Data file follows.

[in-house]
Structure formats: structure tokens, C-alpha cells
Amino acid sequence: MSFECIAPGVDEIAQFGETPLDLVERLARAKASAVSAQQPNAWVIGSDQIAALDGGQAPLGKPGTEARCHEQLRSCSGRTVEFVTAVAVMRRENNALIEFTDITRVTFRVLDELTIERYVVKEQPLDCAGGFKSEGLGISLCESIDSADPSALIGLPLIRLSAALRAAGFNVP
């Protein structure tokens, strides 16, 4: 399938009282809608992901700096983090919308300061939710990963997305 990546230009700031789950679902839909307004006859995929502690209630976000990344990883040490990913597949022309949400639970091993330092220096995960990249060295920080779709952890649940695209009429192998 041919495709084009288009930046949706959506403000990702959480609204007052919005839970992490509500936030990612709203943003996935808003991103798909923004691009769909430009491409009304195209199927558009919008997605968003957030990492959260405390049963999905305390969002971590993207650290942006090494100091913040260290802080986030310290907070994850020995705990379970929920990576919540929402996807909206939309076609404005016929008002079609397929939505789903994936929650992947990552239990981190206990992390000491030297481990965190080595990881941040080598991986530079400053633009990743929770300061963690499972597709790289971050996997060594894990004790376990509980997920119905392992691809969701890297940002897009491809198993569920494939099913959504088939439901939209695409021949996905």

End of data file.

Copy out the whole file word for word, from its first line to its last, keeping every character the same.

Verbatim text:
[in-house]
Structure formats: structure tokens, C-alpha cells
Amino acid sequence: MSFECIAPGVDEIAQFGETPLDLVERLARAKASAVSAQQPNAWVIGSDQIAALDGGQAPLGKPGTEARCHEQLRSCSGRTVEFVTAVAVMRRENNALIEFTDITRVTFRVLDELTIERYVVKEQPLDCAGGFKSEGLGISLCESIDSADPSALIGLPLIRLSAALRAAGFNVP
């Protein structure tokens, strides 16, 4: 399938009282809608992901700096983090919308300061939710990963997305 990546230009700031789950679902839909307004006859995929502690209630976000990344990883040490990913597949022309949400639970091993330092220096995960990249060295920080779709952890649940695209009429192998 041919495709084009288009930046949706959506403000990702959480609204007052919005839970992490509500936030990612709203943003996935808003991103798909923004691009769909430009491409009304195209199927558009919008997605968003957030990492959260405390049963999905305390969002971590993207650290942006090494100091913040260290802080986030310290907070994850020995705990379970929920990576919540929402996807909206939309076609404005016929008002079609397929939505789903994936929650992947990552239990981190206990992390000491030297481990965190080595990881941040080598991986530079400053633009990743929770300061963690499972597709790289971050996997060594894990004790376990509980997920119905392992691809969701890297940002897009491809198993569920494939099913959504088939439901939209695409021949996905």